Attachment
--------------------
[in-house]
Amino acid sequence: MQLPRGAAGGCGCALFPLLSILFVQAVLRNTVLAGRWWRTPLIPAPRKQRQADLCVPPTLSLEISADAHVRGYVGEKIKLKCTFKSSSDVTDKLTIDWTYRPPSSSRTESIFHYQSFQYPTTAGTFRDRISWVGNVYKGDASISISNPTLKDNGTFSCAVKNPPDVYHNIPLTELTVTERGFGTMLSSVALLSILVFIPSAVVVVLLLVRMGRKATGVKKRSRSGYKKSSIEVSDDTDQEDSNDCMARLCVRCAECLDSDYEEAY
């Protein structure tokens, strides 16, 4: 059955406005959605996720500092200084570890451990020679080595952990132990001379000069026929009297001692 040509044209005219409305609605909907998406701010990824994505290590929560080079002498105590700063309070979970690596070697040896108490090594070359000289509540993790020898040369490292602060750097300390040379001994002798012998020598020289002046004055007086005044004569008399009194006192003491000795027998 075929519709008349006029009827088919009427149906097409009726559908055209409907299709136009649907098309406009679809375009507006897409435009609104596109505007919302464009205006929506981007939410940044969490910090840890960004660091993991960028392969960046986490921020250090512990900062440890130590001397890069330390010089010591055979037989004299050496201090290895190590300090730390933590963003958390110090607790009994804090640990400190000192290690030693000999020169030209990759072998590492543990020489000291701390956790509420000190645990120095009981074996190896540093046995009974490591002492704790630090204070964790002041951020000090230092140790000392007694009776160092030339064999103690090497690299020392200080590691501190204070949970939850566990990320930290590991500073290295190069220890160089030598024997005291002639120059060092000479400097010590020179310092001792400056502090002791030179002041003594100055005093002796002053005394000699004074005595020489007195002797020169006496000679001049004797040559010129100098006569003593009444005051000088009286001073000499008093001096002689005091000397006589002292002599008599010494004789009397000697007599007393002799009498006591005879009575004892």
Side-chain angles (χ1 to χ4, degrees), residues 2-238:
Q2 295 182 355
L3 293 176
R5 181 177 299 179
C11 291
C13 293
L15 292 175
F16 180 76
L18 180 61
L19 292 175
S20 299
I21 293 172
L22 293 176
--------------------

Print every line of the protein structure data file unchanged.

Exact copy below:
[in-house]
Amino acid sequence: MQLPRGAAGGCGCALFPLLSILFVQAVLRNTVLAGRWWRTPLIPAPRKQRQADLCVPPTLSLEISADAHVRGYVGEKIKLKCTFKSSSDVTDKLTIDWTYRPPSSSRTESIFHYQSFQYPTTAGTFRDRISWVGNVYKGDASISISNPTLKDNGTFSCAVKNPPDVYHNIPLTELTVTERGFGTMLSSVALLSILVFIPSAVVVVLLLVRMGRKATGVKKRSRSGYKKSSIEVSDDTDQEDSNDCMARLCVRCAECLDSDYEEAY
């Protein structure tokens, strides 16, 4: 059955406005959605996720500092200084570890451990020679080595952990132990001379000069026929009297001692 040509044209005219409305609605909907998406701010990824994505290590929560080079002498105590700063309070979970690596070697040896108490090594070359000289509540993790020898040369490292602060750097300390040379001994002798012998020598020289002046004055007086005044004569008399009194006192003491000795027998 075929519709008349006029009827088919009427149906097409009726559908055209409907299709136009649907098309406009679809375009507006897409435009609104596109505007919302464009205006929506981007939410940044969490910090840890960004660091993991960028392969960046986490921020250090512990900062440890130590001397890069330390010089010591055979037989004299050496201090290895190590300090730390933590963003958390110090607790009994804090640990400190000192290690030693000999020169030209990759072998590492543990020489000291701390956790509420000190645990120095009981074996190896540093046995009974490591002492704790630090204070964790002041951020000090230092140790000392007694009776160092030339064999103690090497690299020392200080590691501190204070949970939850566990990320930290590991500073290295190069220890160089030598024997005291002639120059060092000479400097010590020179310092001792400056502090002791030179002041003594100055005093002796002053005394000699004074005595020489007195002797020169006496000679001049004797040559010129100098006569003593009444005051000088009286001073000499008093001096002689005091000397006589002292002599008599010494004789009397000697007599007393002799009498006591005879009575004892």
Side-chain angles (χ1 to χ4, degrees), residues 2-238:
Q2 295 182 355
L3 293 176
R5 181 177 299 179
C11 291
C13 293
L15 292 175
F16 180 76
L18 180 61
L19 292 175
S20 299
I21 293 172
L22 293 176